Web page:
Dynasty Watch: The QB Youth Movement

Dynasty rankings are in constant flux and staying informed is the key to making roster decisions for your fantasy football team. The Dynasty Watch series highlights some key takeaways from each week’s games.

With how easily the quarterback position can be streamed in redraft leagues, it’s easy to overlook the position in dynasty. With deeper rosters and a wider variety of exotic formats, many dynasty leagues have waiver wires devoid of useful QBs. In Superflex and 2QB leagues, locking up two elite options at QB can give you an advantage over your leaguemates for years as you can focus roster space and draft capital on other positions while they chase marginal starters and churn through the Nathan Peterman’s of the world.

Despite QB being the position that elite players can play the longest, lasting late into their 30s or early 40s, football is still a young man’s game, and the bulk of scoring at the position comes from players on their rookie deals.

QBPPRPCT

Though scoring for players in their first five seasons has ebbed over the past two years, the scoring for players in their first two seasons is exploding. The effect of weak draft classes from 2013 through 2015 is evident here.

  • There isn’t a single starter that came out of the 2013 class.
  • 2018 began with three starters from the 2014 class, but Blake Bortles, Derek Carr, and the injured Jimmy Garrapollo are probably on waivers right now in most shallow leagues.
  • The 2015 class had the fewest QBs drafted in 20 years. The two starters from the class are off to rocky starts, as Jameis Winston began the year suspended and Marcus Mariota owners would have been better off if he had been suspended too.

The last three draft classes on the other hand have started paying immediate dividends. With Sam Darnold the only rookie QB to start Week 1, it’s likely that by the end of the season we’ll be looking at the best year for QBs in their first two seasons since at least 2014.

There’s one common thread with the top QBs in the recent classes: They’re tied to aggressive offensive coaches.

What would Jared Goff be without Sean McVay? If Patrick Mahomes had been drafted by the 2017 John Fox Bears, would you have been able to pick him up off the waiver wire last year? That’s what happened with Mitchell Trubisky, who is currently the QB9 in points per game despite beating only Jay Cutler and Brett Hundley in that category last season.1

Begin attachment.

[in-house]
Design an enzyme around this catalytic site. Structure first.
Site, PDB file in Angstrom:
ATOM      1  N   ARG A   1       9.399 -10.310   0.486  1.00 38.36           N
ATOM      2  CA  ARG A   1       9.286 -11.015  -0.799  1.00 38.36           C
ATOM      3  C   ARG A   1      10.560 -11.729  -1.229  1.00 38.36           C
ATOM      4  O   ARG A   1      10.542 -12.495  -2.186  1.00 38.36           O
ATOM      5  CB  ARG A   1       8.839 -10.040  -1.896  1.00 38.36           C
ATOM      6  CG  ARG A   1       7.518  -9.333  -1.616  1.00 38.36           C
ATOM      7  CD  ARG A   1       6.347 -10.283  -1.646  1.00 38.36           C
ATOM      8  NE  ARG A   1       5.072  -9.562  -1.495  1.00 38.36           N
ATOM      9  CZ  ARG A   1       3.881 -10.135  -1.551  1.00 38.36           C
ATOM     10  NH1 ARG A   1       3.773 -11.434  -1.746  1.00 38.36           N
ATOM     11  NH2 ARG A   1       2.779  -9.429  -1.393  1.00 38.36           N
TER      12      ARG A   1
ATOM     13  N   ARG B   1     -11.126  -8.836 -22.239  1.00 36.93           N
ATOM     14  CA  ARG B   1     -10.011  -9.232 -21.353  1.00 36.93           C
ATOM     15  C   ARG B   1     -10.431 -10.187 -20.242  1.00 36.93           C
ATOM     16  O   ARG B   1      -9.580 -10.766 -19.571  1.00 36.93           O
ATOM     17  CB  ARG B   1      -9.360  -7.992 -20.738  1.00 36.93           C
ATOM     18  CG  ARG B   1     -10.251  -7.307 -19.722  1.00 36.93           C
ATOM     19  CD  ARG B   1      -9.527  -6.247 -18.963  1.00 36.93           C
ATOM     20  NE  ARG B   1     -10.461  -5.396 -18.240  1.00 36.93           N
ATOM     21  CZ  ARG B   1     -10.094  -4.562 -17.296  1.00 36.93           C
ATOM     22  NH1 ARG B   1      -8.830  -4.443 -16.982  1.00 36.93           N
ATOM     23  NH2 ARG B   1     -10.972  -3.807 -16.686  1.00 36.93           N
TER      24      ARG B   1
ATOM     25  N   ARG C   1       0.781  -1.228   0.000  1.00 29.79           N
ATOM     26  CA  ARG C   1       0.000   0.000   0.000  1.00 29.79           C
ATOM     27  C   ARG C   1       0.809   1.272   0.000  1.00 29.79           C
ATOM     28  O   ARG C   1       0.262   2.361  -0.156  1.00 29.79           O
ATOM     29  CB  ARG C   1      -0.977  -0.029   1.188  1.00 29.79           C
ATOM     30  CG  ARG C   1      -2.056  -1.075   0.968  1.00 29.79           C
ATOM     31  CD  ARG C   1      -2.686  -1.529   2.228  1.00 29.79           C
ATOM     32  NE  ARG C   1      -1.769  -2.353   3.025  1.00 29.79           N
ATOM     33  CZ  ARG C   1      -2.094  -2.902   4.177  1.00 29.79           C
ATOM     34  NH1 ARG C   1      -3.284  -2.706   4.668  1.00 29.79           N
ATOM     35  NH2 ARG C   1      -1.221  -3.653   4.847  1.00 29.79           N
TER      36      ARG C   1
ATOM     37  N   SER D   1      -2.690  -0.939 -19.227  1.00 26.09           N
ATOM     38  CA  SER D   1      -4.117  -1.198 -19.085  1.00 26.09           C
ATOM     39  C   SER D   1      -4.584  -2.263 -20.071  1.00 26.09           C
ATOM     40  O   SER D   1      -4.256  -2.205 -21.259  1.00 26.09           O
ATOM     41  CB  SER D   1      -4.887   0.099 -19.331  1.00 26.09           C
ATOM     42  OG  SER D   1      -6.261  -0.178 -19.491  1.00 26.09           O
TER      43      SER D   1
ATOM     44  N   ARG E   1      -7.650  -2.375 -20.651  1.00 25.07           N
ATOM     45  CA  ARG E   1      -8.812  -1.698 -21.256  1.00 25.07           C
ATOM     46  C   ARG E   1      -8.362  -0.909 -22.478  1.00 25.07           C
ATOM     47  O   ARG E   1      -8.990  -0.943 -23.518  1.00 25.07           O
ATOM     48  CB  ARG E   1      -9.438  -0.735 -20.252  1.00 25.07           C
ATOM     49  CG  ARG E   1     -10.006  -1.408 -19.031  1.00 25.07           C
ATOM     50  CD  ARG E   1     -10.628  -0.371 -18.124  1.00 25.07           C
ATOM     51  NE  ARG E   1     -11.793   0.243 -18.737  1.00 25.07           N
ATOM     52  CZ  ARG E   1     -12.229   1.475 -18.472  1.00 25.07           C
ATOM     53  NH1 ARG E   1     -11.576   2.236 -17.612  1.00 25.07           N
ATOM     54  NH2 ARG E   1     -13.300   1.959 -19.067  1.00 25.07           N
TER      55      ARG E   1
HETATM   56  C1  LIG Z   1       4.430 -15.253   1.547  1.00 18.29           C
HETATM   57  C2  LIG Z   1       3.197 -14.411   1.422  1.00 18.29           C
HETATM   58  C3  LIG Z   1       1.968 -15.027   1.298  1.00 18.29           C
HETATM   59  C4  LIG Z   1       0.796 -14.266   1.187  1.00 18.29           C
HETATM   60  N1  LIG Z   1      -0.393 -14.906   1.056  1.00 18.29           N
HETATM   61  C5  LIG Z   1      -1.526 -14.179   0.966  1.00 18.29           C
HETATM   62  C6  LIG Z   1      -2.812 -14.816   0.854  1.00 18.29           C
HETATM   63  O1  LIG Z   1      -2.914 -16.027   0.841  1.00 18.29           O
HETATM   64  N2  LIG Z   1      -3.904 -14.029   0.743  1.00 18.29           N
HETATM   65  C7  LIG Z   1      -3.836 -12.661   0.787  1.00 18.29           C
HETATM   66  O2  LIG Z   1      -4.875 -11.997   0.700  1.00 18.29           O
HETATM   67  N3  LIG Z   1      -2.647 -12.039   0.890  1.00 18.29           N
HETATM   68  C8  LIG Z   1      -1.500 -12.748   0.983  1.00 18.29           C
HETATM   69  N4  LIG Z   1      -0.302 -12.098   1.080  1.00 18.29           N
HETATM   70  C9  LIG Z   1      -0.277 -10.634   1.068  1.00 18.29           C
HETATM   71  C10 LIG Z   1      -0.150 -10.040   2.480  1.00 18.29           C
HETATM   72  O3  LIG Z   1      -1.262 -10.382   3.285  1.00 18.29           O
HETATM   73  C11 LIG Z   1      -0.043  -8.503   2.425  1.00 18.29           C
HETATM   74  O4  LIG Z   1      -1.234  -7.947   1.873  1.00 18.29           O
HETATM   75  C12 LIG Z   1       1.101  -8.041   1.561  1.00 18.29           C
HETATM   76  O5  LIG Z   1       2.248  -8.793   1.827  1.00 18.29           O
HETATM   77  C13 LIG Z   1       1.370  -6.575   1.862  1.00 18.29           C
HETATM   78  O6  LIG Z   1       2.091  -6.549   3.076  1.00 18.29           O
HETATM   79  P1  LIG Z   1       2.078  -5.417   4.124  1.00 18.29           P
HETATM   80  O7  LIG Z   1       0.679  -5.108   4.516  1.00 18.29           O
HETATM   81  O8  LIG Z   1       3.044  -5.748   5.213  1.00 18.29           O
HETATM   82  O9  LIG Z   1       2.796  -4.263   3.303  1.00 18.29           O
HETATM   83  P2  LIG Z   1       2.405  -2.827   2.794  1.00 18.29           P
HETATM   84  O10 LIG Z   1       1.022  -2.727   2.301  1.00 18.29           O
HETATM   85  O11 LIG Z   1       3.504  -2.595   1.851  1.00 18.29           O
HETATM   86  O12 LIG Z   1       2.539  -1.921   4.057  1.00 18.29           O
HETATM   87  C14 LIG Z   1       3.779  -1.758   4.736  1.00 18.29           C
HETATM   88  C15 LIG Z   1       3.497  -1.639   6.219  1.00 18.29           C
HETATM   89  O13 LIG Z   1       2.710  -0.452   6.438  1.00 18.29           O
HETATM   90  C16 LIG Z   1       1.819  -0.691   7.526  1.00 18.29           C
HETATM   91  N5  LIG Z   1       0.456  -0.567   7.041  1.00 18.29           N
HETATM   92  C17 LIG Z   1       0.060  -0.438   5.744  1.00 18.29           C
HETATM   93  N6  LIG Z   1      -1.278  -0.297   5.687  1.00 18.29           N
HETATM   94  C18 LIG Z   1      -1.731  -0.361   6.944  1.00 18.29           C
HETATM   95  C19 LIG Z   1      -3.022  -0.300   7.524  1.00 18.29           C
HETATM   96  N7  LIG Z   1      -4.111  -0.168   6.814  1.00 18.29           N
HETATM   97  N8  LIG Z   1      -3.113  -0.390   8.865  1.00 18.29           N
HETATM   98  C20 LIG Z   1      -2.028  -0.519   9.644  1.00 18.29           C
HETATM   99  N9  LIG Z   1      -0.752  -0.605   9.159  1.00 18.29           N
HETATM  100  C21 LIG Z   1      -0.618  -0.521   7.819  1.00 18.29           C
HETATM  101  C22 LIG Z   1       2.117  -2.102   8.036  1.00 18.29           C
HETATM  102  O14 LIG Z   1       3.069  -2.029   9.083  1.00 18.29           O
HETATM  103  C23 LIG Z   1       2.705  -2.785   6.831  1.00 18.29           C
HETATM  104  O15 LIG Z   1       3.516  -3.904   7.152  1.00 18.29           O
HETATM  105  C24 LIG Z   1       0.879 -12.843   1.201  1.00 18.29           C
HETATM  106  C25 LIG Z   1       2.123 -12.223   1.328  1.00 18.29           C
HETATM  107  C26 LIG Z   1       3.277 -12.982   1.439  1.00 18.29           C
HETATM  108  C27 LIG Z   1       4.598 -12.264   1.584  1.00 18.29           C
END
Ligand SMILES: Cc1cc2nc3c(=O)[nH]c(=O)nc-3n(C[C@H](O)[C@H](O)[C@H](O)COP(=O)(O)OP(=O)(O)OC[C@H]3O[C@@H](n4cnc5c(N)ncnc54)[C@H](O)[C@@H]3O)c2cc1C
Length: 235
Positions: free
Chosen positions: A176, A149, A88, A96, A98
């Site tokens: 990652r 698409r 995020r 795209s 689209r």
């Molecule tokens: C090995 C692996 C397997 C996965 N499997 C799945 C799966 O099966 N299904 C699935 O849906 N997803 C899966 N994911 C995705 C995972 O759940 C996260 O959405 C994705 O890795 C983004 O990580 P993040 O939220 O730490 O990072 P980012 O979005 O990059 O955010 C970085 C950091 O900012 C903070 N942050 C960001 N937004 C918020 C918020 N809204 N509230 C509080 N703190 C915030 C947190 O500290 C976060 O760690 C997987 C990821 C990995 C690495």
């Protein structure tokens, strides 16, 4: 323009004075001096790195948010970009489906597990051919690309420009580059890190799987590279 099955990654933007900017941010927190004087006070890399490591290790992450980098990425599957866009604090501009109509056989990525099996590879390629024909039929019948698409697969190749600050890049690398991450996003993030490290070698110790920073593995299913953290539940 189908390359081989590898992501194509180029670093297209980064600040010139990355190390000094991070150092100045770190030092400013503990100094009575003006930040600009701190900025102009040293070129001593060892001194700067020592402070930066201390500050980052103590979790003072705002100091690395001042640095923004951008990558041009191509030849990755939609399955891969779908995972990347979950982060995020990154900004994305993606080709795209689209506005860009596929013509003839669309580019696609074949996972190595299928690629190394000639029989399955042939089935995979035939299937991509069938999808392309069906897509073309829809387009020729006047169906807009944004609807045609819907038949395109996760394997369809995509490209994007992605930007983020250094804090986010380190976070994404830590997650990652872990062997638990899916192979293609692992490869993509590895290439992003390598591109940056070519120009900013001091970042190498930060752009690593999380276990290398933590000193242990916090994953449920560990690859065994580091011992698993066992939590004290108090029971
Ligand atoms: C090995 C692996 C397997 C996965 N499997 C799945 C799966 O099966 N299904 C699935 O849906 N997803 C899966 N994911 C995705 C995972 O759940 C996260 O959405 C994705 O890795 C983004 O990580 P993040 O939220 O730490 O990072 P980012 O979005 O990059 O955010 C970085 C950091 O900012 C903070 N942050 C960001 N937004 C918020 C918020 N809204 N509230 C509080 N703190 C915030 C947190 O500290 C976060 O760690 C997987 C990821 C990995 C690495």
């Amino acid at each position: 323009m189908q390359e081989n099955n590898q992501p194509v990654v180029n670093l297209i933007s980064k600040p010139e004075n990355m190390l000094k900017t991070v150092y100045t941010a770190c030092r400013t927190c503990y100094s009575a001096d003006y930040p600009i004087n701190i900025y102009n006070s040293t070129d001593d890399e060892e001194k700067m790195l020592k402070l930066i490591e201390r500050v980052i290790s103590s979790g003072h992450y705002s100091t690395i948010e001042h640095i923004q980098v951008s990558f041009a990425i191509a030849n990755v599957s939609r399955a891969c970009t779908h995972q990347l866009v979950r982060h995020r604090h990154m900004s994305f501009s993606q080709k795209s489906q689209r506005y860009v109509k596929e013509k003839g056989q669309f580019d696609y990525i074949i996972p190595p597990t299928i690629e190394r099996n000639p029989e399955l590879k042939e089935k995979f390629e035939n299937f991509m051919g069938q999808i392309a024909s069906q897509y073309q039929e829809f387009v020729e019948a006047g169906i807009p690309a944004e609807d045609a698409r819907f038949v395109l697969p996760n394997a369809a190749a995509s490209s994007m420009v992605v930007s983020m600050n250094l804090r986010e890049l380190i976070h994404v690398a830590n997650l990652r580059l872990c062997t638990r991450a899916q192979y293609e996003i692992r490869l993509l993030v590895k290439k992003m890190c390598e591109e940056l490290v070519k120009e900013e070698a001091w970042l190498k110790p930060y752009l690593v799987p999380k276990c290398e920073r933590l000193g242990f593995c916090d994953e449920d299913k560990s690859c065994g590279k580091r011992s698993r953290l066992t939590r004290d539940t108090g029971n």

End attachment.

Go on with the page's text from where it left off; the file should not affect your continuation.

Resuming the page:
With that in mind, here are two young QBs with a chance to see their dynasty value bounce back if their situation improves.

Dak Prescott

DakPrescottSeasons

Was Dak Prescott’s strong rookie year fool’s gold for the Cowboys, with a dominant offensive line tricking them into believing they had found their next star at QB? That’s certainly a possibility. The Cowboys have ranked 23rd, 26th, and 29th in passing yards with Prescott at the helm, and while much of that can be attributed to a change in offensive philosophy with Ezekiel Elliot on the team, it’s still a sharp decline from when Jason Garrett was coaching a healthy Tony Romo.

Prescott is the lowest QB draft pick to be a long-term starter since Tyrod Taylor was a sixth-round pick in 2011, and Taylor is now on the bench and may spend the rest of his career as a backup. Like Taylor, Prescott has never been a high-volume passer and has sustained his fantasy value through strong rushing production.TyrodTaylorSeasonsPrescott’s success has come at the beginning of his career though, whereas Tyrod was already in his fifth year before he became a starter. What’s clear though is that for both QBs their rushing floors ensure they don’t have to be great passers to make them solid plays in fantasy as long as they’re starters.

So is Prescott a victim of a bad offensive scheme with a group of wide receivers and tight ends that would barely see the field for many teams? Or is he a mediocre QB propped up by an outlier rookie year?

I think it could be a little bit of both, but what interests me the most is how cheap it is to gamble on the problem being the offense more than Prescott himself. I’ve seen Prescott dropped in shallow leagues and traded for a bag of balls in others.

The wild card here is what the Cowboys will do with Jason Garrett. 2019 will be the final year of his current contract, and there have been recent talks about an extension that Jerry Jones sort-of, kind-of, maybe shot down. Even if Garrett returns, the Cowboys could move on from offensive coordinator Scott Linehan, who would also be entering a lame-duck year in 2019.

Ultimately, Prescott is currently in one of the worst situations in the league. There’s no guarantee it will improve soon, but his value could rebound quickly if it does. Buy now while the chance to find out is dirt cheap.

Josh Rosen

While the time to buy him was technically before Mike McCoy was fired, the beating Josh Rosen took on Thursday night – with multiple turnovers in a nationally televised game – probably keeps the buy window open a bit longer. Rosen hasn’t set the world on fire thus far, but he also hadn’t truly struggled until running into a rejuvenated Denver defense on a short week.

JoshRosenWk3-7